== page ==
Although we did not know the other members of the team beforehand, we became familiar with each other very quickly. Wherever Christians come together, they are united by the same faith. God brings them together and lets them enjoy the fellowship. We were able to experience this clearly. It was also good for us to see the smiling faces. We knew that one day after their departure from Kiev, the attacks with drones and missiles on the Ukrainian capital flared up again. Our guests also knew that. Whenever there was even the slightest thought of home, smiles changed to tears. As the group was on route to Germany, a rocket struck in close proximity to the house where the families of the bishop and a member of the ensemble live. Windows were broken, but God helped and preserved loved ones.
I would like to tell you another short incident. After the ensemble had rehearsed once again in Nerchau, there was an opportunity for a walk. We all enjoyed walking along the narrow river Mulde under the sunshine, blue sky, and colorful trees. Again and again, the conversation partners changed. During one of these conversations, a member of the ensemble told me, “It’s so nice and quiet here.” There was again, the thought of the situation at home: sirens wailing for air alerts, bullets whistling, and explosions thundering. At the same time, by God’s grace, we may live in peace, enjoy tranquility, and go about our work as usual.
Since February 24, 2022, it has been our daily prayer that God will soon give peace to Ukraine. The threatening gestures from Moscow have expanded those prayers. For a few weeks now we have been increasingly asking God to keep peace in our country and give it again in Europe. We know that God is in the regiment. He directs and guides everything. And he is also almighty in this. We can trust in him. As the Apostle Paul says, “And we know that in all things God works for the good of those who love him, who have been called according to his purpose.” (Romans 8:28) It is perhaps not easy for us to see how a war with all its hardship should serve any human being for the best. But let me say this at the end of this unfortunately much too long article: If only one lost person has come to faith in the Savior through the journey of the Baroque Plus ensemble, through the fellowship in the church services, through the proclamation of the gospel and the love connected with it, then it was the best for this new sheep in the flock of our Lord Christ. And then there will also be joy about this sheep in heaven (Luke 15:7).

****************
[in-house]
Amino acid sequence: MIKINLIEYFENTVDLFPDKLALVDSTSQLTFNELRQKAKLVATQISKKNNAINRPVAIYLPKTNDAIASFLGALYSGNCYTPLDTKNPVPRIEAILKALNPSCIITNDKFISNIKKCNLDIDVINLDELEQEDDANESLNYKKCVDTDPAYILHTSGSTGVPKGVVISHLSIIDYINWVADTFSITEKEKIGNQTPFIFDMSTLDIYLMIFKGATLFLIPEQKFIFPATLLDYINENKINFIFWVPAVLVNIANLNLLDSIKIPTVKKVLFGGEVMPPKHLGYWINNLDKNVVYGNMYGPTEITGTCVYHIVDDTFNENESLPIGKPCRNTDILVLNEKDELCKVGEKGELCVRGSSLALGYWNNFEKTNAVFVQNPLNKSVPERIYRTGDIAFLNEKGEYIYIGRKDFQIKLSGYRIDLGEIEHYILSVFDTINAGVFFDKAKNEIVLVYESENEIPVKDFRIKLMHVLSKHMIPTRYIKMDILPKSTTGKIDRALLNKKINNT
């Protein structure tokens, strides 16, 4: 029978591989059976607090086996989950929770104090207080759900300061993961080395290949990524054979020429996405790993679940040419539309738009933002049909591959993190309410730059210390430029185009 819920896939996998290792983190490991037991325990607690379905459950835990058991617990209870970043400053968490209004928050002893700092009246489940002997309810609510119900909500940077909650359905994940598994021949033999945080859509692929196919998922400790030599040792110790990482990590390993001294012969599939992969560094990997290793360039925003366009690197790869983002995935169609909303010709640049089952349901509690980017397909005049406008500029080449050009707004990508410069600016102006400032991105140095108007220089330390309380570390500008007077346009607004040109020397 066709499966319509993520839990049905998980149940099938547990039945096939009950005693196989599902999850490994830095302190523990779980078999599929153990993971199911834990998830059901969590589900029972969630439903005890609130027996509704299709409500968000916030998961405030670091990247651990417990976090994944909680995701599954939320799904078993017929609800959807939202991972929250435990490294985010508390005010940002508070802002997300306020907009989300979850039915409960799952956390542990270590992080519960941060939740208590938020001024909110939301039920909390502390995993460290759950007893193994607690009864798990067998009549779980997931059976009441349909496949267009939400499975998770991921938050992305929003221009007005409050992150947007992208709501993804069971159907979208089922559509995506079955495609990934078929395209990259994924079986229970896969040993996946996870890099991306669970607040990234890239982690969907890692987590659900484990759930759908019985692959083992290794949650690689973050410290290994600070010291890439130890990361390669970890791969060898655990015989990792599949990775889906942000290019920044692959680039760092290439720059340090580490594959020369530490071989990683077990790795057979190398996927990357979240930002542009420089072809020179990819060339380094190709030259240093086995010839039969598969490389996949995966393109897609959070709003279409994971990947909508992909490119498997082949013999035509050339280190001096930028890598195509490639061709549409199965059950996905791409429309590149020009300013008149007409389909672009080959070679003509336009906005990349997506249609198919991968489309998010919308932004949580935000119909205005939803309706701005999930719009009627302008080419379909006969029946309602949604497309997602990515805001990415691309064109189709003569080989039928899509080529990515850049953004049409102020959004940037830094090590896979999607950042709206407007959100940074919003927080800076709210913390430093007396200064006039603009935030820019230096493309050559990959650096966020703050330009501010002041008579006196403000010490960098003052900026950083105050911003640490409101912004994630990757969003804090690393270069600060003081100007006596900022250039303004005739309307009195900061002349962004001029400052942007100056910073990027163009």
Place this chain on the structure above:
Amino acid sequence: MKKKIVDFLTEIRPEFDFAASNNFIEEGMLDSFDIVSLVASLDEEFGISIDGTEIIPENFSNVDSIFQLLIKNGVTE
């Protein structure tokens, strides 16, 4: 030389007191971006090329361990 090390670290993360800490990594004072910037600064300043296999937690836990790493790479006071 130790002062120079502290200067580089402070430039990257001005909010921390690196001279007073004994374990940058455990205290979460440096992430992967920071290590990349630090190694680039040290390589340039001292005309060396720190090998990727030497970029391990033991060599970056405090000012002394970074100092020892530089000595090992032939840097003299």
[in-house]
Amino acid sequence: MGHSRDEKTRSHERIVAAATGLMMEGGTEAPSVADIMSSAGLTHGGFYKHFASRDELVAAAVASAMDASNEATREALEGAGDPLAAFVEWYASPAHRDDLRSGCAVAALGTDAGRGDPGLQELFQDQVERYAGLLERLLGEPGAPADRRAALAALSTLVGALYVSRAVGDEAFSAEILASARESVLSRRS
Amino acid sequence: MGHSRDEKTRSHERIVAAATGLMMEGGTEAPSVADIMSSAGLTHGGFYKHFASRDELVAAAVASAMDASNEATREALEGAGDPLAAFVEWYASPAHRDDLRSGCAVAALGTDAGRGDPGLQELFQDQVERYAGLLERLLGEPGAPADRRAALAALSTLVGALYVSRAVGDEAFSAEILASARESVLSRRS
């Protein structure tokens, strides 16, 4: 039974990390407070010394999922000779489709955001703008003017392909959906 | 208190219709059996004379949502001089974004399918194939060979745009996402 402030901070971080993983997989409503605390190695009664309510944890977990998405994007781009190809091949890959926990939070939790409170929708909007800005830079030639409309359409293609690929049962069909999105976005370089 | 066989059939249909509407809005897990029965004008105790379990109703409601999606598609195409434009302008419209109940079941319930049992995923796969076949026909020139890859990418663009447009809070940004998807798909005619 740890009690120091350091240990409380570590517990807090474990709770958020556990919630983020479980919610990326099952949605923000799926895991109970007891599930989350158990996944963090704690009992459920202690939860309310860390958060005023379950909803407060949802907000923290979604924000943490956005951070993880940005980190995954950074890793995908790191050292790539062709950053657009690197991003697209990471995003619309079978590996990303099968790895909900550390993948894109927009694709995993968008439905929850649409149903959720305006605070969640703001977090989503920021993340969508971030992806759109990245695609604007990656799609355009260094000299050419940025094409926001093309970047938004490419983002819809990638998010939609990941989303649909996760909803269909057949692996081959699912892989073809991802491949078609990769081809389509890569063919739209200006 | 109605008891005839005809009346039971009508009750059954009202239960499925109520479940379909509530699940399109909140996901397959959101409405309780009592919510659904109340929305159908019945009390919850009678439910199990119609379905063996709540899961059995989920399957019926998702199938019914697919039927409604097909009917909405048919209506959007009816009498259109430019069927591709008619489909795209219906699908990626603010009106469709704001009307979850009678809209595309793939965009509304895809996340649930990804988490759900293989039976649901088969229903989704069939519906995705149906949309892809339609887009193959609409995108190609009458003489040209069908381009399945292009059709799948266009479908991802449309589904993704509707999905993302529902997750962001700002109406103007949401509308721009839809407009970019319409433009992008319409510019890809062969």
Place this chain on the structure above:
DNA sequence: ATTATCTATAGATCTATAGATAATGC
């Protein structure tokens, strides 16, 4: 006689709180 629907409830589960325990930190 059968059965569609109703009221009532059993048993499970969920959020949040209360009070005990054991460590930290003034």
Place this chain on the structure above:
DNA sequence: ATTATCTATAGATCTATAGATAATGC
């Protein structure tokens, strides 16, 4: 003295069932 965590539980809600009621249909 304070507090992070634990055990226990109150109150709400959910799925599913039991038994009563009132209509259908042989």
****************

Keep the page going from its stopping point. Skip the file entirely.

I would like to close with another thank you. Thanks to God, who made possible and blessed the journey of Baroque Plus. Thanks to the brothers and sisters in Ukraine, who had the idea and the willingness to travel almost 2,000 km by car to faraway Saxony, a part of Germany. But thanks also to all the brothers and sisters in faith in the Wisconsin Evangelical Lutheran Synod (WELS) for all their support in praying, preparing, and carrying out this wonderful opportunity. We look forward to a healthy reunion – if not here on earth, then certainly in our eternal homeland.
Shared by Rev. Michael Herbst, president of the Evangelical Lutheran Free Church (ELFK) in Germany